Five difficult problems solved using digital mapping

John Drever | 28 Nov 2014 | Comments

Geographical maps have been used throughout history as a way to solve difficult problems. These have included finding your way across terrain when you cannot see your end point, agreeing borders between countries and even determining how best to organise and move your army before a battle, hence the derivation of the name for the UK’s mapping body: Ordnance Survey.


When I first started in my post as innovation director I interviewed staff across our Communications business to gather examples of particularly innovative ideas. Coming from a systems engineering background I was aware of mapping for situational awareness, but I was hugely surprised when I found out the variety of other clever uses our Geospatial team have been making of spatial data.

Thanks to advances in digital mapping (Geographical Information Systems) and information manipulation there are a whole range of problems we can now solve. These include:

Optimal siting of large and complex engineering projects

Finding the optimal location for large engineering projects like wind farms, nuclear power plants or complex road/rail routing is essential to ensure that they have good transport links, appropriate access and are sympathetic to any local population centres.

Traditionally this has been achieved by using Multi-Criteria Decision Analysis spreadsheets, which are large and unwieldy, paper maps and physically visiting site locations during the early stage of site selection – the equivalent of a desk based study in today’s money.

However, our Geospatial team has taken spatial data from a variety of sources and layered them upon one another within a Geographical Information System. Some of the criteria taken into account include locations of international designations under the European Habitat directive (e.g. Special Areas of Conservation), listed buildings, slope gradients, population centres or the proximity of existing highway infrastructure.

Identifying the best roofs for siting solar panels and power calculation

Working out which roofs will enjoy the most uninterrupted sunlight is key when determining where to place solar panels. To achieve this we used stereoscopic imagery and mapping to create a 3D topographical map. This allowed us to model shadows and incident lighting on sloping roofs, providing a much higher level of accuracy in calculating the possible power outputs. It also allows us to optimise the types of solar panels installed.

Other uses of these techniques include:

  • determining line of sight for communications and CCTV siting
  • assisting with flood prediction
  • Forecasting the effect that changing a city’s skyline would have on existing infrastructure.

Identifying which houses are most at risk from lead piping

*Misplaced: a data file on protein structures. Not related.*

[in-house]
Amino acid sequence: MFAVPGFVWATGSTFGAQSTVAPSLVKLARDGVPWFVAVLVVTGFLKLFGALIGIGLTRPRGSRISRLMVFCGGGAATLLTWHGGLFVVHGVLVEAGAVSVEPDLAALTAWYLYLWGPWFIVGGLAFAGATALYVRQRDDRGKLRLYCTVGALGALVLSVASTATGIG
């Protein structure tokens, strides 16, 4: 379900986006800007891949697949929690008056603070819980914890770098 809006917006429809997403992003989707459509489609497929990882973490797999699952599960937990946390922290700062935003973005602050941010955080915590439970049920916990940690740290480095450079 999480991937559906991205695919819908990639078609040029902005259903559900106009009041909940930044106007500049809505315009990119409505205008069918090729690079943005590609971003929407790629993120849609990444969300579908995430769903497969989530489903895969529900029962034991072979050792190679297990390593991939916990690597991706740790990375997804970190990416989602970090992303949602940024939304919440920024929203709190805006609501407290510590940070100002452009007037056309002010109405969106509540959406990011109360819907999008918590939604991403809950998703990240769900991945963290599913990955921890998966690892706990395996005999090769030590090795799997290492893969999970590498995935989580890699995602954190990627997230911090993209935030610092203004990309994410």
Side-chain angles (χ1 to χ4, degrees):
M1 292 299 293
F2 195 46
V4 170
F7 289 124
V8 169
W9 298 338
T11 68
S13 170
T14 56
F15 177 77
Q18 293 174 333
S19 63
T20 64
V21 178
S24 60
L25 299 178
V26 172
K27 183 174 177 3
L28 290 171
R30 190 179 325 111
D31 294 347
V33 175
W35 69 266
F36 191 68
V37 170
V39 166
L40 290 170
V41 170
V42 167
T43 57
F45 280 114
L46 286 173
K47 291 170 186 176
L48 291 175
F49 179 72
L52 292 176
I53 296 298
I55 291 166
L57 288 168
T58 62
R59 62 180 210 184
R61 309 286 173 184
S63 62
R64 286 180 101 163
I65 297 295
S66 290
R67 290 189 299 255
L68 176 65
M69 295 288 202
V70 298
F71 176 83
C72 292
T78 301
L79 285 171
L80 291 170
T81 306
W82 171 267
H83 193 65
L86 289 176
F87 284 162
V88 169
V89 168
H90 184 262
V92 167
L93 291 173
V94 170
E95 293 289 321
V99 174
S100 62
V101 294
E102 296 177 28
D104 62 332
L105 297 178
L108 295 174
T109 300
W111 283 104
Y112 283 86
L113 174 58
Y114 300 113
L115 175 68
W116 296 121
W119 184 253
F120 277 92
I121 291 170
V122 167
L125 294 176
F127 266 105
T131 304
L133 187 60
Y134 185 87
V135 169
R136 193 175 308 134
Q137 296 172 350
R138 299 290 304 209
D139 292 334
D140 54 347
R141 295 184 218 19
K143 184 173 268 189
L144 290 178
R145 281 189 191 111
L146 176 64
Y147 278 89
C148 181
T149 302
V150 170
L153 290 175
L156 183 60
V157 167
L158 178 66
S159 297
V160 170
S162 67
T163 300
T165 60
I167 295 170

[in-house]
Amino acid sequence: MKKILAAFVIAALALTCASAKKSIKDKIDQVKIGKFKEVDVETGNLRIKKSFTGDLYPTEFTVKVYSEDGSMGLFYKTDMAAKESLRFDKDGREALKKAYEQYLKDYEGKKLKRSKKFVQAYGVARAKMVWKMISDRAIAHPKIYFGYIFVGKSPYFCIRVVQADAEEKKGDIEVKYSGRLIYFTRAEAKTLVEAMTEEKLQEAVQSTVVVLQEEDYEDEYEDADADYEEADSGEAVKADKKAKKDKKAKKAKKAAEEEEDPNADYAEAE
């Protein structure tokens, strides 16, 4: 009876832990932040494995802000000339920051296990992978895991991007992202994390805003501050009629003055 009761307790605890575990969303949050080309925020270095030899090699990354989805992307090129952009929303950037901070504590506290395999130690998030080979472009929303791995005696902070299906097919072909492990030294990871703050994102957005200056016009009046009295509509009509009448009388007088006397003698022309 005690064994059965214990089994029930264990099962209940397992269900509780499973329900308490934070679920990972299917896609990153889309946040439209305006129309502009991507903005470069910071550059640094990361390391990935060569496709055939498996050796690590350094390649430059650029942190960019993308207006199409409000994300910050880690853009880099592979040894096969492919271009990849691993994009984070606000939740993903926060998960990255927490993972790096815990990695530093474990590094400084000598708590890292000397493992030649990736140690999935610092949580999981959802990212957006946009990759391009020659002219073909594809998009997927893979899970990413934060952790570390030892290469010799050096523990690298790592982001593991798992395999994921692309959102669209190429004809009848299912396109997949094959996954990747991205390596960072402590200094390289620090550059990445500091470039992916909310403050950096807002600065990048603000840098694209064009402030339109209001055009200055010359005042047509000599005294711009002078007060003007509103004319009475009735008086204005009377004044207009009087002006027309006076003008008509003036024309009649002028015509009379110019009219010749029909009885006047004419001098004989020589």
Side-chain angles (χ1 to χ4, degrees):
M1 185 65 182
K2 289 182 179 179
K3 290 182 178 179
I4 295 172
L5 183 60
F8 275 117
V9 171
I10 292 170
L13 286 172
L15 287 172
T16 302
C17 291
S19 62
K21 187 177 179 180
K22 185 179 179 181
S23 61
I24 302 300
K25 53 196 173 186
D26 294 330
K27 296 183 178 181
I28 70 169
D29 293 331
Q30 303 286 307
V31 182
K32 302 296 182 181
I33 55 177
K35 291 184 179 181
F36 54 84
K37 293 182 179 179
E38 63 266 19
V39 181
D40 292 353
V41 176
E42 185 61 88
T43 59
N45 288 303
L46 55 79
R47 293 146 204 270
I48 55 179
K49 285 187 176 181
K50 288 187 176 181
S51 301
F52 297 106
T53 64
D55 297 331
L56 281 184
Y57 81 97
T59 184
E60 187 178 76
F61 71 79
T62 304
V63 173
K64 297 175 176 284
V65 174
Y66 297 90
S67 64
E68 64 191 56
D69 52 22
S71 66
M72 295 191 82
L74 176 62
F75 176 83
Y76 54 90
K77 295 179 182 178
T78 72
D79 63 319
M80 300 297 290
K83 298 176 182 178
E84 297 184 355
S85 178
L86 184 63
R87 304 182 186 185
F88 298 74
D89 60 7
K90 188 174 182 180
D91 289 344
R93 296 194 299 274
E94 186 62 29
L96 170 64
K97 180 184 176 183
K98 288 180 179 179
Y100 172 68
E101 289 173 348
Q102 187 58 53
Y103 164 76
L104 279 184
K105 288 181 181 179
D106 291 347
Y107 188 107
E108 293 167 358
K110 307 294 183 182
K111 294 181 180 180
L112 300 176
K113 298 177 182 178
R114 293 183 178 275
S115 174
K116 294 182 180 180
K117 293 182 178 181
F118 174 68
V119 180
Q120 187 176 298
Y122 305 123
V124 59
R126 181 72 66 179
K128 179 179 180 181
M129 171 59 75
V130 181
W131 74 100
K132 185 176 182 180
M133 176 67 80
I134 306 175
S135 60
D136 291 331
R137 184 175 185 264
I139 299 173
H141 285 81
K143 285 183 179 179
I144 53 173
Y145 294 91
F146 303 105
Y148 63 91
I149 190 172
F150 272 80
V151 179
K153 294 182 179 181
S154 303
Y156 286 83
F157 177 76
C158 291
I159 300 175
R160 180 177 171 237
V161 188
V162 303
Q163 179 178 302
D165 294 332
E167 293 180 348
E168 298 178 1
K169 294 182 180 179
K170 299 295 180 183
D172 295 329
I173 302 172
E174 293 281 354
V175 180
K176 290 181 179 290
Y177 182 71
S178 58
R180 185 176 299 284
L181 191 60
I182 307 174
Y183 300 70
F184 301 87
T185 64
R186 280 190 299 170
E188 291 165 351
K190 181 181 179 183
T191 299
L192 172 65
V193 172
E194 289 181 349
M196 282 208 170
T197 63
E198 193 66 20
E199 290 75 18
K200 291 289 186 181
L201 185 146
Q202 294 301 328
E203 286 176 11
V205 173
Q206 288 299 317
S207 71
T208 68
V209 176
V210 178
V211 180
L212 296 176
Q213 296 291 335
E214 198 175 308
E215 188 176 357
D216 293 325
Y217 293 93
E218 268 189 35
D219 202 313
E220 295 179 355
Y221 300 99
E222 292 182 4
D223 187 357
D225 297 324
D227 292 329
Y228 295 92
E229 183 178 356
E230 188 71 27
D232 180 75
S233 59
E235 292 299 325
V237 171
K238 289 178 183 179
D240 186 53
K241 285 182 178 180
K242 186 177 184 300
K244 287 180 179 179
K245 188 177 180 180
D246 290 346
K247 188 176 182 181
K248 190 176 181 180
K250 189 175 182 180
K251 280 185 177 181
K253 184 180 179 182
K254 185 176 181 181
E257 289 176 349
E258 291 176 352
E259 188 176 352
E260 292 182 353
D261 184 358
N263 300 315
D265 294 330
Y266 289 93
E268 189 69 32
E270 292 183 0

One of our most innovative uses of mapping came through a project to identify which of over 2 million homes might be most at risk from old lead plumbing. Lead piping is a real public health issue because it increases the level of potentially harmful lead found in drinking water. Given the sheer volume of properties involved it would take forever to sift through all the land registry archives to find out when a property was built and whether lead piping was in use at that time.

To address this challenge, we obtained and digitised maps from various eras and used a filtering engine to identify where new properties first appeared. We could further filter this data for dates when lead piping was phased out helping to highlight ‘at-risk’ properties.

Measuring cable lengths required for railway systems without going track-side

Historically any measuring, installation or repairs to rail trackside cables have been undertaken by people in often dangerous environments. The aim of this project was to help remotely assess the lengths of rail trackside cables more accurately in order to improve efficiency, reduce trackside side time and thereby reduce risk to rail infrastructure staff as a result. This solution involved layering 3D terrain mapping over existing 2D maps to identify accurate slope lengths.

Understanding the past to build the future

We are also undertaking research in partnership with the British Library to analyse the value of historical vectorised (each building being its own entity) mapping data by digitising the 1886 City of London.

The results of this project will not only be interesting for residents who want to know what their street was like in the past, but might also be relevant for various specialists such as planners who need to better understand the status of the ground under existing buildings and any potential contamination that might exist.